New York: Contrary to the popular belief that reducing screen time may increase productivity, a new study has indicated that mindful use of smartphones, without minimising screen time, enhances productivity.
The study showed that using existing smartphone applications to monitor cellphone screen time can enhance focused or mindful cellphone usage, leading to higher perceived productivity and user satisfaction.
“We theorised that individuals who tracked their cellphone usage and set goals surrounding that usage tended to have enhanced productivity and contentment with their productivity as they met their stated objectives,” said researcher Kaveh Abhari from the San Diego State University.
“Previous research has shown that goal setting tends to raise performance expectations, and we wanted to see if this theory held true for smartphone screen time as well,” Abhari added.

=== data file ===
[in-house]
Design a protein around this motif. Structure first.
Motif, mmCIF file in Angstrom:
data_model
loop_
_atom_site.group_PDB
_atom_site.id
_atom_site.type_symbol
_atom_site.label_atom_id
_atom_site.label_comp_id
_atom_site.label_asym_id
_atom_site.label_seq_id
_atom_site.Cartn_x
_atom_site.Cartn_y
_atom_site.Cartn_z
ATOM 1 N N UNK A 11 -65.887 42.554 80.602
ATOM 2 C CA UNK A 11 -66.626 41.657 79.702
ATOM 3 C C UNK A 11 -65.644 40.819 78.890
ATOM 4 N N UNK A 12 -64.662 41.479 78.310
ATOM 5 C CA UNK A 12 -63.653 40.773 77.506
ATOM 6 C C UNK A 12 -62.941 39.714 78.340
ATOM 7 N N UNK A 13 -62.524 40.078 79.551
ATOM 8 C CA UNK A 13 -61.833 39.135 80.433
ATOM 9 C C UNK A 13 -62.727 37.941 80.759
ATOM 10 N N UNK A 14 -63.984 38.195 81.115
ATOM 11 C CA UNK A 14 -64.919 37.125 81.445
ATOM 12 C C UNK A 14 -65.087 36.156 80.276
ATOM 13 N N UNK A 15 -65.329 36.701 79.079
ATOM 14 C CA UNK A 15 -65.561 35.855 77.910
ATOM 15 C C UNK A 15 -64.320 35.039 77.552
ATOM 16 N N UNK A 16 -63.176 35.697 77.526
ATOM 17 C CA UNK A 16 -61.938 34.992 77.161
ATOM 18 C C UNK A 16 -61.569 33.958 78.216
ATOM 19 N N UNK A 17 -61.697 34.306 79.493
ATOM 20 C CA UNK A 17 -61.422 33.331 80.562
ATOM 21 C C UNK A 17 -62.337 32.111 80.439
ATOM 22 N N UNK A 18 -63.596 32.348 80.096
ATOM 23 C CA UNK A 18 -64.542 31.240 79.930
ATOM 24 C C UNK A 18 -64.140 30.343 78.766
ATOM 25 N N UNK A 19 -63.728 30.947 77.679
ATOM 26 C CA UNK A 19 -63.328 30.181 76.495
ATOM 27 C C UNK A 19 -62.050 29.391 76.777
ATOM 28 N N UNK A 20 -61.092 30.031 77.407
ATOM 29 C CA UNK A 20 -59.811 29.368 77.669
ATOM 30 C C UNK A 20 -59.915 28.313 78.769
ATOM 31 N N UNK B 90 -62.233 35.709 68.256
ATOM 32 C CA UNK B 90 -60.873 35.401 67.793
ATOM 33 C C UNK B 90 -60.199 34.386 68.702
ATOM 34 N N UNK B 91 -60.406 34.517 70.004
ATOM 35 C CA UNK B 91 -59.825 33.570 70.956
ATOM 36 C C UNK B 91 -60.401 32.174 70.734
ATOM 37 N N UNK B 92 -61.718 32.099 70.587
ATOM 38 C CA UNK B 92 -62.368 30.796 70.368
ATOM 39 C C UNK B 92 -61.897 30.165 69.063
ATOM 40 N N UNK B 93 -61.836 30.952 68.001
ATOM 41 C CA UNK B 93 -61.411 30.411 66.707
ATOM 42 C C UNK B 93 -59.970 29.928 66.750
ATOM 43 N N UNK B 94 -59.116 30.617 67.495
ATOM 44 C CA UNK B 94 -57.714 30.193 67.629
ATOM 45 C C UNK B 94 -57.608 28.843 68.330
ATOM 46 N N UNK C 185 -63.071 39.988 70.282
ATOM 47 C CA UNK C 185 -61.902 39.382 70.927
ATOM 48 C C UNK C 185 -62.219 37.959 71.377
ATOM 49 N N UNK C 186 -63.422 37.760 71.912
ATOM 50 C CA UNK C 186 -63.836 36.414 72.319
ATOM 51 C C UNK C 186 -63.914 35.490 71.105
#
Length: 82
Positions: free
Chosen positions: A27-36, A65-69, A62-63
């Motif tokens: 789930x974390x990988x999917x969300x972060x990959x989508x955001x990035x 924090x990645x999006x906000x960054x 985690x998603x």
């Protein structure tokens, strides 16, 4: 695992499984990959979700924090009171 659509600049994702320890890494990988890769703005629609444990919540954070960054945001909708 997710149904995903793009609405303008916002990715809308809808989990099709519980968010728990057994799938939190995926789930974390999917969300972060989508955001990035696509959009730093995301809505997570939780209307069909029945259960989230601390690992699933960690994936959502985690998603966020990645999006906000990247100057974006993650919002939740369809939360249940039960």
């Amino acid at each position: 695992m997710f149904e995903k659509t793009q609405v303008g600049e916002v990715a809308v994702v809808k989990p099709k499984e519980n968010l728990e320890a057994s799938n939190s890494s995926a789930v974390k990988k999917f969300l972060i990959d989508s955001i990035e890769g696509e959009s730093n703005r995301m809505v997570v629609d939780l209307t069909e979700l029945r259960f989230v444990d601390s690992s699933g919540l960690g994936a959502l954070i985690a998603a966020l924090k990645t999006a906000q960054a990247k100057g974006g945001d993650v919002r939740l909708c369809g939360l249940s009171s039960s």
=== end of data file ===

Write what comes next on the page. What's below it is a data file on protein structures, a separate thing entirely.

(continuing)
For the study, published in the journal AIS Transactions on Human-Computer Interaction (THCI), the researchers surveyed 469 participating university undergraduate students in California, New York, and Hawaii.
The three-week survey required all participants to complete four questionnaires and about half of them were required to download a screen-monitoring application to their phones.
This app allowed users to monitor and set limits or goals with their cellphone screen time.
When the results were analysed, researchers measured the perceived productivity of screen time reported by those surveyed, the amount of screen time and the fatigue associated with self-monitoring.
They also reviewed participants’ contentment with their productivity achieved through cellphone screen time.
“Self-monitoring appears necessary to encourage the optimized use of smartphones,” Abhari said.
“The results suggest that optimizing but not minimizing screen time is more likely to increase user productivity.”
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